Reviews

Review: Cathay Pacific Airbus A350-900 business class

Carrying Cathay Pacific's latest business class seats, the airline's Airbus A350s are a solid choice for international travel.

Overall Rating

By Chris Chamberlin, September 24 2019
Cathay Pacific Airbus A350-900 business class
Route

Brisbane - Hong Kong

Aircraft Type

Airbus A350-900

Airline

Cathay Pacific

Flight

CX156

Cabin Class

Business

Seat

21K (window)

Notes
The Good
  • Fully-flat beds with direct aisle access, as you'd expect
  • Friendly service, espresso coffee
The Bad
  • Some minor tweaks could make for a better sleep
X-Factor
  • Enjoy both a full dinner and breakfast on this 8.5-hour flight, if you please
Service
Meals
Seating
Overall

Introduction

Cathay Pacific's Airbus A350-900 business class is a subtle but noticeable step above what's found on the airline's A330s, with better mood lighting and inflight entertainment, and a more premium-feeling seat with refinements by Studio F.A. Porsche.

Check-in

  • Frequent flyer program: The Marco Polo Club and Asia Miles. Qantas Frequent Flyer is one of many Oneworld partner programs.
  • Checked baggage allowance – 32kg limit per bag:
        • 2 bags, 40kg total: standard allowance
        • 2 bags, 50kg total: Marco Polo Club (MPC) Silver members
        • 3 bags, 55kg total: MPC Gold, Oneworld Sapphire
        • 3 bags, 60kg total: MPC Diamond, Oneworld Emerald
  • Carry-on baggage allowance: 1x115cm bag plus one small item like a laptop bag, briefcase or handbag, at a combined total weight of 10kg, or 15kg for Marco Polo Club Diamond members only.
  • Priority airport services: Business class check-in is efficient, as is Brisbane Airport's departure Express Path at security. Priority boarding is clearly signed and enforced, and priority baggage is delivered first.
  • Arrivals fast-track: Hong Kong's e-Channel service is open to all Australian passport holders as well as other eligible travellers, although enrolment is required. This allows you to skip the queues at passport control and step straight into Hong Kong after a quick fingerprint scan, just like a local.

Lounge

In Brisbane, Cathay Pacific business class passengers have access to the Qantas International Lounge, offering bartender service, shower facilities and WiFi, all of which are appreciated before a 1am departure such as this.

Executive Traveller review: Qantas Brisbane International Lounge

When returning from Hong Kong or flying onward to another destination, a business class boarding pass unlocks a variety of Cathay Pacific lounges, as well as the Qantas Hong Kong lounge.

Flight

Cathay Pacific offers 11 weekly return flights between Brisbane and Hong Kong.

This includes a daily return Airbus A350 service (CX156/157), as well as a four-times-weekly Airbus A330 flight (CX146/147) that currently detours via Cairns, but from October 26 2019 will also run non-stop.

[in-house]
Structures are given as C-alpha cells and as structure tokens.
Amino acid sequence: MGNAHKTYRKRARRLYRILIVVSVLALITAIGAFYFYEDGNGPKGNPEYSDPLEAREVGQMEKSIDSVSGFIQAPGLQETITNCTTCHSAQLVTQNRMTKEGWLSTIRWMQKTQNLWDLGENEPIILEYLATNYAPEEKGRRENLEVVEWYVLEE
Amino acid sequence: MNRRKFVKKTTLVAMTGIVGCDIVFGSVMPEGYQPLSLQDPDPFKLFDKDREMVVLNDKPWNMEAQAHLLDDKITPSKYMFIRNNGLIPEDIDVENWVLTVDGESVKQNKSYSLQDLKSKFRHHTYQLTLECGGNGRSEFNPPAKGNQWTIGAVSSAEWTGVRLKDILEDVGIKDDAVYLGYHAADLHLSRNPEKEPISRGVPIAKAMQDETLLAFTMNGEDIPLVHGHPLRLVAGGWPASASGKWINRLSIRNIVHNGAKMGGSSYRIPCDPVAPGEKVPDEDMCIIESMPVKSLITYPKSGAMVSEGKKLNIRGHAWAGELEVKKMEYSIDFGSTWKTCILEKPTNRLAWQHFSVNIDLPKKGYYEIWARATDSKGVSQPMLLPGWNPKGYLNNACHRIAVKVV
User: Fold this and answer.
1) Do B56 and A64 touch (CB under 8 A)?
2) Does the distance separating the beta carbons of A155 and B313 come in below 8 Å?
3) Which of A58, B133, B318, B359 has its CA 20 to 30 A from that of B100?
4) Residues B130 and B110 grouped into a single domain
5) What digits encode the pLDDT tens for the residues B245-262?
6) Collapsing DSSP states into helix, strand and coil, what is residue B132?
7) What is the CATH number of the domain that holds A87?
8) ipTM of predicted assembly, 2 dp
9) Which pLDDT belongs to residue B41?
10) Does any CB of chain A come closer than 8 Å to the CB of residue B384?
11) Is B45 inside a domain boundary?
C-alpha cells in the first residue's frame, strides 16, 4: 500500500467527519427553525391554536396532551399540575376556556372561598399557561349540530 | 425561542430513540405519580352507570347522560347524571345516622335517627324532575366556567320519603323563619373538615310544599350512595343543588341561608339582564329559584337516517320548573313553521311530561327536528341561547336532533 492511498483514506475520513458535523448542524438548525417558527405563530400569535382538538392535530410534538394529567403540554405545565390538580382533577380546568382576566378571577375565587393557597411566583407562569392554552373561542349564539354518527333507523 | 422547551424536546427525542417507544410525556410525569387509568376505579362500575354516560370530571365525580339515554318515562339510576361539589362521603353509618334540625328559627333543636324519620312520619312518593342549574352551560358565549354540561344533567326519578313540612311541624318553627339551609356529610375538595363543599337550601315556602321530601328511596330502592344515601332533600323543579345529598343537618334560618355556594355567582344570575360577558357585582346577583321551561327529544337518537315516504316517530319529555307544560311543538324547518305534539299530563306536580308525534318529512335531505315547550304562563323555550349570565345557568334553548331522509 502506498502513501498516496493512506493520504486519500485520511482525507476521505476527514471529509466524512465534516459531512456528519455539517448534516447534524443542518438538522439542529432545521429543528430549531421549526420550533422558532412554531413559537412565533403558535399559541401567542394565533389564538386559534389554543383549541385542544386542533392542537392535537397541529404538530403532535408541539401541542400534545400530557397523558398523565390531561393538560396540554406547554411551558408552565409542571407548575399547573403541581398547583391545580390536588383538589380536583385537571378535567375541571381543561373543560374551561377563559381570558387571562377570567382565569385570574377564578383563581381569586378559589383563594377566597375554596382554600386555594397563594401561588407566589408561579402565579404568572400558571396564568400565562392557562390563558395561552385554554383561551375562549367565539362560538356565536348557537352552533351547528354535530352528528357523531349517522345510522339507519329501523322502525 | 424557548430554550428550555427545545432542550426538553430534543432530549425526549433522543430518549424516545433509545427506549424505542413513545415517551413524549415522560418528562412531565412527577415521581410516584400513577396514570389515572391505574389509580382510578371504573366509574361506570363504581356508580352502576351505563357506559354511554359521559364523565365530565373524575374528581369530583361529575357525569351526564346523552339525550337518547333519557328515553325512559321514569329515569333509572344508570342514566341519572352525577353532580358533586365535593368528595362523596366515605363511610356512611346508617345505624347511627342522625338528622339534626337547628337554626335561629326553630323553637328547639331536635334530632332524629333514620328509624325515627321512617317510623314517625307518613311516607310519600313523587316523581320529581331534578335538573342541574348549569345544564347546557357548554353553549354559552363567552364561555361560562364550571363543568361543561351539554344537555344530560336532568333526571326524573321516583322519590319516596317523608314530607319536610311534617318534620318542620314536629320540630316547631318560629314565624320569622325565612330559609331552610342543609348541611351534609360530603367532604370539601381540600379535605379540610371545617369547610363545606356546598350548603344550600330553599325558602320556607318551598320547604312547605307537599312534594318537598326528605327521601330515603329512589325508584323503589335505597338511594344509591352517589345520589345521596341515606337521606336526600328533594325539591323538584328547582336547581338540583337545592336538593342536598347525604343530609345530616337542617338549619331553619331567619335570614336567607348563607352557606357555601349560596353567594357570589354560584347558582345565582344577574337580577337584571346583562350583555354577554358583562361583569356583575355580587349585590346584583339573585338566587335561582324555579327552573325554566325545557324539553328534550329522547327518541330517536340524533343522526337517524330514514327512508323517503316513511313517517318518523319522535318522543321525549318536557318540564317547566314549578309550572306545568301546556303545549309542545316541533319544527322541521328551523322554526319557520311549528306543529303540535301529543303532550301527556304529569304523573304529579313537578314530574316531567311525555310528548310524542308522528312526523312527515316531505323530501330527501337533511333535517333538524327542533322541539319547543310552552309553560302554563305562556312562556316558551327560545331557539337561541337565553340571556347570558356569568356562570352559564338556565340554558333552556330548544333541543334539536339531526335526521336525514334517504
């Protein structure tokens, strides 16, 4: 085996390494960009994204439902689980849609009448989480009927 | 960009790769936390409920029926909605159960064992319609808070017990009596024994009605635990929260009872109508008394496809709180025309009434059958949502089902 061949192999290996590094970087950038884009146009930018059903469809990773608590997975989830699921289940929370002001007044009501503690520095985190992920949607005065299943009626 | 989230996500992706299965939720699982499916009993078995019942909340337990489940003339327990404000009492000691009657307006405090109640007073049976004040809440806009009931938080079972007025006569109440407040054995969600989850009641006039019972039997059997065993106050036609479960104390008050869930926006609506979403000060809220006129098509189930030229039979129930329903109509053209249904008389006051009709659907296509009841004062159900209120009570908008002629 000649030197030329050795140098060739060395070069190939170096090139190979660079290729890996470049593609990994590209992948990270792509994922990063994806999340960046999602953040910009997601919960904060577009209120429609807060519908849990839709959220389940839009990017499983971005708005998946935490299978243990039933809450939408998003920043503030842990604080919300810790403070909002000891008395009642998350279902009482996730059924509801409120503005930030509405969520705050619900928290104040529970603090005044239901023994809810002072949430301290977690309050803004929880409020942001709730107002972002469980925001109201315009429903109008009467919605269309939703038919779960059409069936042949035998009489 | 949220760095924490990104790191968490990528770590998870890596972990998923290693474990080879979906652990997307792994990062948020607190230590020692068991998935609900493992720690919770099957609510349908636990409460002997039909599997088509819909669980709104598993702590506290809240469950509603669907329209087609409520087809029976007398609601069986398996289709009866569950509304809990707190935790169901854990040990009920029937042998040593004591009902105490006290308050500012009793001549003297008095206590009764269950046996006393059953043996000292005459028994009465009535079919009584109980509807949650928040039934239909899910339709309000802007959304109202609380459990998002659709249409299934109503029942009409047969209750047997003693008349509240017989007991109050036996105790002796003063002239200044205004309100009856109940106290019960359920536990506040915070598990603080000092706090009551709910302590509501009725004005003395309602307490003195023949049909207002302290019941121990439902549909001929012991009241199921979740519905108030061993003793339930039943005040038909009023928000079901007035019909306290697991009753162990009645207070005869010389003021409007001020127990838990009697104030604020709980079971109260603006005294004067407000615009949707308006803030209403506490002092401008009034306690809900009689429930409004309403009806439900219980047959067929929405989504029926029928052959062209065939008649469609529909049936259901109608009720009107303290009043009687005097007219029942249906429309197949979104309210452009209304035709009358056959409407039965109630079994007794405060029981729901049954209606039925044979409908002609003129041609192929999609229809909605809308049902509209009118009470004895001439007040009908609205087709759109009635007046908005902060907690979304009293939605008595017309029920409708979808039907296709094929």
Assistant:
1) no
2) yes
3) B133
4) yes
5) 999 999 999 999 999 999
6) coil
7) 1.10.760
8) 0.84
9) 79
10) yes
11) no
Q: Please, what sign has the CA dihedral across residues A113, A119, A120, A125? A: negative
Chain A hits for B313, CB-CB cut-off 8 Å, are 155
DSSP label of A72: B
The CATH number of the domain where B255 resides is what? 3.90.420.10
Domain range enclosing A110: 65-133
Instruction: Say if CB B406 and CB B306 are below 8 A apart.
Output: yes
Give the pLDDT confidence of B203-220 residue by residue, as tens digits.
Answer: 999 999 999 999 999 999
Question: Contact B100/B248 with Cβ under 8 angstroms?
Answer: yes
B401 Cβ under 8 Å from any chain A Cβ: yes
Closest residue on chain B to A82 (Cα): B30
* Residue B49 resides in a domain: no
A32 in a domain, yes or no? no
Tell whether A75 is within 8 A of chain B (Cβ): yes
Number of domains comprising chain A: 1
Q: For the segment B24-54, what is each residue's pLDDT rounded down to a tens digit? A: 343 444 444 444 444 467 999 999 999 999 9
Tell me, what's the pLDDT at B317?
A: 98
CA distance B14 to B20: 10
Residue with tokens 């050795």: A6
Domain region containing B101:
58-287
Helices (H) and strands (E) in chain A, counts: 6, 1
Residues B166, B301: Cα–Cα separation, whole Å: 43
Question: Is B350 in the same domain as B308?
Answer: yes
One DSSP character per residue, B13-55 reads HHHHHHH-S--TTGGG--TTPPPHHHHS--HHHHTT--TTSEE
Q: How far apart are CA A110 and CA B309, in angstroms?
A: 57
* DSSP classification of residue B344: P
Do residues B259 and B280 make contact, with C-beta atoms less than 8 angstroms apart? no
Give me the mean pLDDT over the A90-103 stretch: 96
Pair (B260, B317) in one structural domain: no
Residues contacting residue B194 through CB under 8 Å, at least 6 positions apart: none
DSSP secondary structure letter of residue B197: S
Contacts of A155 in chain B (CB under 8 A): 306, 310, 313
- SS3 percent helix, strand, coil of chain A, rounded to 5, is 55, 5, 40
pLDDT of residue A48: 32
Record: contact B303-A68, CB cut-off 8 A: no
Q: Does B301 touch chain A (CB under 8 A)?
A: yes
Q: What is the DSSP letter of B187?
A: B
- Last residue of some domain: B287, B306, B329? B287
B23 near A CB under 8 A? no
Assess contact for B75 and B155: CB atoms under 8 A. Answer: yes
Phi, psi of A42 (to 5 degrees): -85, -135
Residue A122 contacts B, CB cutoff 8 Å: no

Read: Cathay Pacific axes Cairns, goes non-stop to Brisbane

Across Australia, Cathay Pacific also flies to Sydney, Melbourne, Adelaide and Perth: all as non-stop flights from Hong Kong.

Seat

Business class on Cathay Pacific's Airbus A350-900s comes in a 1-2-1 layout, assuring direct aisle access for all.

Each seat transforms into a 75-inch (190cm) fully-flat bed at the touch of a button, at a width of 20.2 inches (51cm).

Cathay provides a pillow and blanket, although not pyjamas. In these circumstances, it's best to BYO sleepwear and use the blanket to cushion the seat, given the cabin can be a little warm.

For a more comfortable sleep, the bed can be widened by raising this small side panel – and from October 2019, the airline will also kick things up a notch with a new 'sleeper service', adding a mattress pad and slippers into the mix, although pyjamas will remain BYO.

When sitting upright, there's no shortage of legroom, with a swing-up leg rest and these padded side panels able to keep your feet elevated.

Of course, that side space also makes a great storage area for things you don't need to keep at immediate reach, such as your amenity kit.

When lifting the catch and cover, you'll also find even more storage space underneath, which can be utilised during take-off and landing.

To your side are the main seat and lighting controls, as well as a lockable cupboard.

Inside, you'll find the AC, USB and headphone outlets, as well as water, headphones, and a mirror, which you can close if preferred.

As on most aircraft, the power outlet is international – and having already switched to a Hong Kong/UK-style charger in preparation for arrival, this could be used without issue.

The aisle-side armrest can also be raised and lowered as desired.

Meal

Even with an after-midnight departure from Brisbane and a 7am arrival into Hong Kong, Cathay Pacific offers both a full dinner and a comprehensive breakfast service on this 8.5-hour flight.

The service begins with a nip of Deutz Brut Classic NV Champagne before take-off.

Dinner is then served, with the following choices offered:

  • Braised pork belly with mui choi, Shanghainese pak choy, carrot and steamed jasmine rice
  • Beef burger with Monterey Jack cheese, bacon, pickled onion and zucchini on a toasted brioche bun served with fries
  • Fish ball and fish cake with egg noodle in soup
  • Confit chicken, saffron cannellini beans ragout, green beans with dill and lemon vinaigrette, pangrattato
  • Curried carrot soup

Of course, by this stage it's already 1:30am in Brisbane or 11:30pm in Hong Kong, neither of which is dinnertime, so it was straight to dessert, which gave these options:

  • Cheese plate with Maffra cheddar, camembert, crackers, grapes, walnut and fig roll
  • Chocolate brownie served with strawberry compote and vanilla crème fraiche